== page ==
About The Kaʻū Calendar

Ka`u, Hawai`i, United States
A locally owned and run community newspaper (www.kaucalendar.com) distributed in print to all Ka`u District residents of Ocean View, Na`alehu, Pahala, Hawai`i Volcanoes National Park, Volcano Village and Miloli`i on the Big Island of Hawai`i. This blog is where you can catch up on what's happening daily with our news briefs. This blog is provided by The Ka`u Calendar Newspaper (kaucalendar.com), Pahala Plantation Cottages (pahalaplantationcottages.com), Local Productions, Inc. and the Edmund C. Olson Trust.

Monday, July 29, 2013

Ka`u News Briefs Monday, July 29, 2013

Tropical Storm Flossie churns toward Hawai`i Island. Wind, rain and possibly thunderstorms and flooding are
expected. Image from National Weather Service
HAWAI`I ISLAND REMAINS UNDER A TROPICAL STORM WARNING this morning. Tropical Storm Flossie’s path shifted slightly overnight, according to the National Weather Service. The storm was 150 miles northeast of South Point and 80 miles northeast of Hilo as of 8 a.m.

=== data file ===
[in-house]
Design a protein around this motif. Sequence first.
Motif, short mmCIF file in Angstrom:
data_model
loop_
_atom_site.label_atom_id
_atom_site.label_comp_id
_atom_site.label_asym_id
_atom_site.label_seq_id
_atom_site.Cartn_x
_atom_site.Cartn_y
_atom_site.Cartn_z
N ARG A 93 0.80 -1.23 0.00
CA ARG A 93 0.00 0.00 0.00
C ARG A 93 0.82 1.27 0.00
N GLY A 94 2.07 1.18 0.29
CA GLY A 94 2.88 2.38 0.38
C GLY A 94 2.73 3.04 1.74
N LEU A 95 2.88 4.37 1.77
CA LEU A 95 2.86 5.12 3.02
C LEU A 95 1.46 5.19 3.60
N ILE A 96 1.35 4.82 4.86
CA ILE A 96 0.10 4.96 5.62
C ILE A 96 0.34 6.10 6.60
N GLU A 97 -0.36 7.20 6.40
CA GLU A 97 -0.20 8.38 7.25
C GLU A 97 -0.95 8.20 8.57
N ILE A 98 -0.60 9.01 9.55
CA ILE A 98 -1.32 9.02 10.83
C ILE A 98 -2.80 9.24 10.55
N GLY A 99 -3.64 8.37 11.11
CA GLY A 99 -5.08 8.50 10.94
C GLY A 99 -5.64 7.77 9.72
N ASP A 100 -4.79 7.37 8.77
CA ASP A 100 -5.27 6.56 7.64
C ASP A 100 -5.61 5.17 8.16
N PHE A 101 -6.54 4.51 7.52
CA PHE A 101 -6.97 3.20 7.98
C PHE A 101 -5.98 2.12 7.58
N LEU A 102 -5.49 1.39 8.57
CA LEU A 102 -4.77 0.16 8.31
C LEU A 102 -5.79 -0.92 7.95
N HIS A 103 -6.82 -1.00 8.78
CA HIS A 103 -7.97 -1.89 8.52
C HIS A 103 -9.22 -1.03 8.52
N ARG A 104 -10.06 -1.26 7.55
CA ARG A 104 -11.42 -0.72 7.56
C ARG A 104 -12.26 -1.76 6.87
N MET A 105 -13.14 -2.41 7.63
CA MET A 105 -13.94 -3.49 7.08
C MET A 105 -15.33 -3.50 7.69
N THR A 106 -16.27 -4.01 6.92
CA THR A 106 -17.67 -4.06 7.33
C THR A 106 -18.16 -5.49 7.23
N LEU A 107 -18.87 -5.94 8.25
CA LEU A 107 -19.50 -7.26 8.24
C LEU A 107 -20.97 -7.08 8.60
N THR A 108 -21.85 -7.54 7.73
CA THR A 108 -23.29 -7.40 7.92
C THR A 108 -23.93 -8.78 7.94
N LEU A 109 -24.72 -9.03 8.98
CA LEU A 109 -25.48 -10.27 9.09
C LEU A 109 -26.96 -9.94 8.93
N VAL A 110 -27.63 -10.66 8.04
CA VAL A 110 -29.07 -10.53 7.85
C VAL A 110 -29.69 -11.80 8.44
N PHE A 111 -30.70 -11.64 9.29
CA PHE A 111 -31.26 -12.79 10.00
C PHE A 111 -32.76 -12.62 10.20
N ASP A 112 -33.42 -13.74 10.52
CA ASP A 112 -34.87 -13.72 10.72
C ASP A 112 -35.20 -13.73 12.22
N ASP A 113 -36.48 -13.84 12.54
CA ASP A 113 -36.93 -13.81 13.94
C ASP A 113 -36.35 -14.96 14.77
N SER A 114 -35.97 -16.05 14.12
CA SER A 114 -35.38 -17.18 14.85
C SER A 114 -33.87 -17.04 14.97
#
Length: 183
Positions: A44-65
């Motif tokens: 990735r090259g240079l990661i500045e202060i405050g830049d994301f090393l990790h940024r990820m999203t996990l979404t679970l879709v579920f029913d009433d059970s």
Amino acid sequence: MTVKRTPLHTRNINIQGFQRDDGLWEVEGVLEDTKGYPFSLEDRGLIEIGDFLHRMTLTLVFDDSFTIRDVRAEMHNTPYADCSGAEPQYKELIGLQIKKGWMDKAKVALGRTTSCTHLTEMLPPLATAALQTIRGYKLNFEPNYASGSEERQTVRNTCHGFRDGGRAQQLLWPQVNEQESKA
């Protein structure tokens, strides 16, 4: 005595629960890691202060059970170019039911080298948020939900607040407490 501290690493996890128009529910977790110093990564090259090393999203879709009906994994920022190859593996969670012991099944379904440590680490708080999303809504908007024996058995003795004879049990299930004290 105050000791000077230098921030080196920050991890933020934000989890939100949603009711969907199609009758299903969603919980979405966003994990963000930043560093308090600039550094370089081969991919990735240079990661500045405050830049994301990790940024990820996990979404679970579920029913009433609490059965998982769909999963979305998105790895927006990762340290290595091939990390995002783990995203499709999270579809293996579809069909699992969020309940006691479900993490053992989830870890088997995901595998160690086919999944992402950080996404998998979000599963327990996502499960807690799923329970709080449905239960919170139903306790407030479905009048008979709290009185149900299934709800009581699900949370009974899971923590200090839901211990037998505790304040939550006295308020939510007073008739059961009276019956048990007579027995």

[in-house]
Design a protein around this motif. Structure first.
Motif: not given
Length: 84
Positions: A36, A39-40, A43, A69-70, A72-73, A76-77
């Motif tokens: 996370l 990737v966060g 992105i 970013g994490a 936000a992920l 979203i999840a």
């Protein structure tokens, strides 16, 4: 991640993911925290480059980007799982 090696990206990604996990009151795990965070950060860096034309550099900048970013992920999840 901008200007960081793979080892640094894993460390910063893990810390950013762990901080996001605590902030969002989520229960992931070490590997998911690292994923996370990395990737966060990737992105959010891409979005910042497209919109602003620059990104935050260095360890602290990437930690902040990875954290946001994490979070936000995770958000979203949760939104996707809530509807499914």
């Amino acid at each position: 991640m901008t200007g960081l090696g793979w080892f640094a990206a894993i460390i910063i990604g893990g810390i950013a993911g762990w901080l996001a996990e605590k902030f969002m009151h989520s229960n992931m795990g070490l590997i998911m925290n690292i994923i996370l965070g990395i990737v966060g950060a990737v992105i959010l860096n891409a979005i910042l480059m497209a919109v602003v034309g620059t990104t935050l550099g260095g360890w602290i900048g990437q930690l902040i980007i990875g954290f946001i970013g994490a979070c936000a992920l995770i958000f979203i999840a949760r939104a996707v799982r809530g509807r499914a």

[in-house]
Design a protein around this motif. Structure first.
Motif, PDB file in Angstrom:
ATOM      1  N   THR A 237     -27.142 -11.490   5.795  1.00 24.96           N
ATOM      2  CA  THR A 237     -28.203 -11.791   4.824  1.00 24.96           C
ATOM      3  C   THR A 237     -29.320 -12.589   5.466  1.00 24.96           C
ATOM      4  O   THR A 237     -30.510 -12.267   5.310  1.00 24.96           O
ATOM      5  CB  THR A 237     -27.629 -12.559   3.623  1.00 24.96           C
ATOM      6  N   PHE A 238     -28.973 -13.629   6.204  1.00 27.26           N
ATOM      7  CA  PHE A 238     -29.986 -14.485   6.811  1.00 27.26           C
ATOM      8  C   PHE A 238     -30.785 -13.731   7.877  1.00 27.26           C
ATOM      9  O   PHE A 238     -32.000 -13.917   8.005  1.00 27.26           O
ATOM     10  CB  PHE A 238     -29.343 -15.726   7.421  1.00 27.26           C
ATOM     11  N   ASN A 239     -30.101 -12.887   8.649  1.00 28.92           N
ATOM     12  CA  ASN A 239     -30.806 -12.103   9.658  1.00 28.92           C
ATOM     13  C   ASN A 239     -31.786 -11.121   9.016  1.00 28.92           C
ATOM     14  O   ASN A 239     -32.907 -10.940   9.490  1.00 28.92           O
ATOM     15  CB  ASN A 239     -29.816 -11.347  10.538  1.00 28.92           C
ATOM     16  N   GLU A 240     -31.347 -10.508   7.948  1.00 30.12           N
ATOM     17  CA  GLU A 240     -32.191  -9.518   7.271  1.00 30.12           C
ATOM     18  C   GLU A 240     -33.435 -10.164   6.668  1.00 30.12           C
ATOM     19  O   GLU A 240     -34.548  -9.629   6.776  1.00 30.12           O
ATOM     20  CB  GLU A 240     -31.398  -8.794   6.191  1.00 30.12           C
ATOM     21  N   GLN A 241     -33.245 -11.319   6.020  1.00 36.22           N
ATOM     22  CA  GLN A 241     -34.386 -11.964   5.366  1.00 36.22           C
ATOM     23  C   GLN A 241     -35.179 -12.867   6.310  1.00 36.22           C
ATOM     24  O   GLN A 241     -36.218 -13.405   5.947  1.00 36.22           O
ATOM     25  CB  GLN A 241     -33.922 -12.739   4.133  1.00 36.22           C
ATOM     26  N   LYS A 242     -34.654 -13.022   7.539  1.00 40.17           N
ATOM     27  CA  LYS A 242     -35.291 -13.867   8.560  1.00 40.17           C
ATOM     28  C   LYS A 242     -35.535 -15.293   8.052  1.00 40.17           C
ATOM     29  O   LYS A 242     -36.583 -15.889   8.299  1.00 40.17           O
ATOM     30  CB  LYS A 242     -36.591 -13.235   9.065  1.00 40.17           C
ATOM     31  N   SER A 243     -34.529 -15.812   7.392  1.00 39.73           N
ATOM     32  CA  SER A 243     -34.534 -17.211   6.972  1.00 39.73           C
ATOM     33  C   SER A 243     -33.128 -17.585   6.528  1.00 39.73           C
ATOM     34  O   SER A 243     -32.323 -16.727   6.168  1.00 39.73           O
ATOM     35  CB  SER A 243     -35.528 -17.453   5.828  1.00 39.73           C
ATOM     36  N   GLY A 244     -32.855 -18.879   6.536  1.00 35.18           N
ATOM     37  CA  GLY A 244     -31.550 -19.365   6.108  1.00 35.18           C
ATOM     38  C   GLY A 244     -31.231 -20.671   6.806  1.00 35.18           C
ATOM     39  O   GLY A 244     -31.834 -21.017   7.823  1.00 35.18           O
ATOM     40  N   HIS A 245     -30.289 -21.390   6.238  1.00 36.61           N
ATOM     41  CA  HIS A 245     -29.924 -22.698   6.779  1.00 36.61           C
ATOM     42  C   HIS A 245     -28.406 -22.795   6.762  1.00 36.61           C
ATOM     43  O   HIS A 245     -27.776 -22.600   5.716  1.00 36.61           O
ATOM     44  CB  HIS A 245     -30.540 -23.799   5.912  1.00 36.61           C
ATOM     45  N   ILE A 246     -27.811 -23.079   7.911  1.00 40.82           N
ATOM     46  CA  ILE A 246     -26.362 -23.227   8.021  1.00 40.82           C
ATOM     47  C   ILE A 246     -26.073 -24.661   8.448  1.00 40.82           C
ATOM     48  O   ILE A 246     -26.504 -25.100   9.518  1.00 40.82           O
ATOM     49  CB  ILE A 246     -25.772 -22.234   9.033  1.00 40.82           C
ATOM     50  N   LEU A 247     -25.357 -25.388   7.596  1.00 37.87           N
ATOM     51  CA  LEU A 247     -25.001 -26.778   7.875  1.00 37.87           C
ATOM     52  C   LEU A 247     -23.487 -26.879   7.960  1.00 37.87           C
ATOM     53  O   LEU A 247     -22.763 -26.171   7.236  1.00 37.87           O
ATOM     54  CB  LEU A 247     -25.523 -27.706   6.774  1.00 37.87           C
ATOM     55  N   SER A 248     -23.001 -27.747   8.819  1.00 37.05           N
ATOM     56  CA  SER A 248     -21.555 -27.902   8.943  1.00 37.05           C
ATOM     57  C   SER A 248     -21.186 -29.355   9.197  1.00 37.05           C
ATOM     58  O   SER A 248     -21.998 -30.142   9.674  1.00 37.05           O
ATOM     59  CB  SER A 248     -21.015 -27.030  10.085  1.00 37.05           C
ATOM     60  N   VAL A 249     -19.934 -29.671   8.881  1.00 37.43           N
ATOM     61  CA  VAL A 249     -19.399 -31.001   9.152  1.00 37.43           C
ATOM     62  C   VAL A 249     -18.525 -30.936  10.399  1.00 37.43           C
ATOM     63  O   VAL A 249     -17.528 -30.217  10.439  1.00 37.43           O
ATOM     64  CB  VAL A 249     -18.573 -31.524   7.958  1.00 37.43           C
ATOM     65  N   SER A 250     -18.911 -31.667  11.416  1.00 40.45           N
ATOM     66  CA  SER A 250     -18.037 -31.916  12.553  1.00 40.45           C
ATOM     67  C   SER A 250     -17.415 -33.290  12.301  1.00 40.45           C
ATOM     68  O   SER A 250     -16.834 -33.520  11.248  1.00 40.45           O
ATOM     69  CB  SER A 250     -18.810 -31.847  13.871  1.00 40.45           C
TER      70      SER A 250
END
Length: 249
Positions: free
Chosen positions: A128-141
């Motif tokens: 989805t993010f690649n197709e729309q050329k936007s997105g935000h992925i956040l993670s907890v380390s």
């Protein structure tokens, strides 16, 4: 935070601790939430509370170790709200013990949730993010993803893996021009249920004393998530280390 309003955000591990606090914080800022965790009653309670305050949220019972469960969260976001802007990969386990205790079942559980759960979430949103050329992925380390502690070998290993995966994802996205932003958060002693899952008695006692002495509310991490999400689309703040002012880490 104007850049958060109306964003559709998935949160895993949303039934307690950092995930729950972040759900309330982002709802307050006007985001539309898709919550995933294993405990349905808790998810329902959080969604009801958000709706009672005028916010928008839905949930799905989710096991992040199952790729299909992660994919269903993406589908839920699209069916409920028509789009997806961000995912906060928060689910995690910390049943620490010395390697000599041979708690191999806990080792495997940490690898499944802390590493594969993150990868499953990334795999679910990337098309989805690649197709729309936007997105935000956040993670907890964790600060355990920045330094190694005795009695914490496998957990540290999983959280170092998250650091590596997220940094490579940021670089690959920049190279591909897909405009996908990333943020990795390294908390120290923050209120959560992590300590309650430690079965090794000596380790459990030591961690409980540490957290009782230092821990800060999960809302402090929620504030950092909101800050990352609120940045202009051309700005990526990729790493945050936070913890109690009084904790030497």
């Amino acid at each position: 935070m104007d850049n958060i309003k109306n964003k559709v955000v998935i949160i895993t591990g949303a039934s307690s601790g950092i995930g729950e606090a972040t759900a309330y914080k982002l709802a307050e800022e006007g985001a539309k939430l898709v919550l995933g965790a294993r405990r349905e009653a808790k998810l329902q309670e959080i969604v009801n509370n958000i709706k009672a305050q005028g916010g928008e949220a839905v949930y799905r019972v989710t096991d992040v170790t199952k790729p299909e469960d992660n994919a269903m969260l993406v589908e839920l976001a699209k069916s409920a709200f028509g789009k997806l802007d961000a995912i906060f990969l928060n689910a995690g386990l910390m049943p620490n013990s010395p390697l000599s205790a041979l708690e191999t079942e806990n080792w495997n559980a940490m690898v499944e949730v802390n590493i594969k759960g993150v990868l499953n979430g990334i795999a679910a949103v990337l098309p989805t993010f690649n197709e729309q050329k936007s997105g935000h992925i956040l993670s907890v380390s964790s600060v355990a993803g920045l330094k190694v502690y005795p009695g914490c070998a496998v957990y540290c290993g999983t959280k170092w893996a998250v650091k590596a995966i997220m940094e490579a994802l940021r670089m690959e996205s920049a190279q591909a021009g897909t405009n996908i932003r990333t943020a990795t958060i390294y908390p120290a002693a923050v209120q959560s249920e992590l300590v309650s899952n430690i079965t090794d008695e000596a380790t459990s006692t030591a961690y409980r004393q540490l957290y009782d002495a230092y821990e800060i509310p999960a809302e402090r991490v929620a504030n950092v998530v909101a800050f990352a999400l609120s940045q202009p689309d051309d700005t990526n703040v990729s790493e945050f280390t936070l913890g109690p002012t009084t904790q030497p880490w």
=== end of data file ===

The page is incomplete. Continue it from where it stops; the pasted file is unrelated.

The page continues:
The storm had sustained wind speeds of 45 mph. The National Weather Service predicted it would bring heavy rains, high surf and flash flooding across the state.
      Flossie is expected to produce total rainfall amounts of six to 10 inches over the Big Island, with isolated maximum amounts of 15 inches possible, mainly windward.
     “This rainfall could cause life-threatening flash floods and mud slides, especially in the mountains,” the National Weather Service warned.
      Dangerously high surf may cause coastal road closures, the National Weather Service stated.
      For updates on Tropical Storm Flossie, see prh.noaa.gov/hnl/cphc.
      For Civil Defense updates for the County of Hawai`i, see hawaiicounty.gov/active-alerts.
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NOAA's tracking of Tropical Storm Flossie shows a path skirting to the
north of Hawai`i Island.
GOV. NEIL ABERCROMBIE HAS SIGNED an Emergency Proclamation in preparation of Tropical Storm Flossie. The proclamation provides certain authorities that will allow the state to more effectively prepare for the arrival of Flossie, expected to make landfall today on the eastern end of Hawai`i Island. Local, state and federal governmental agencies and nonprofit partners are coordinating and working together to minimize the impact of the projected high wind, waves and torrential rain.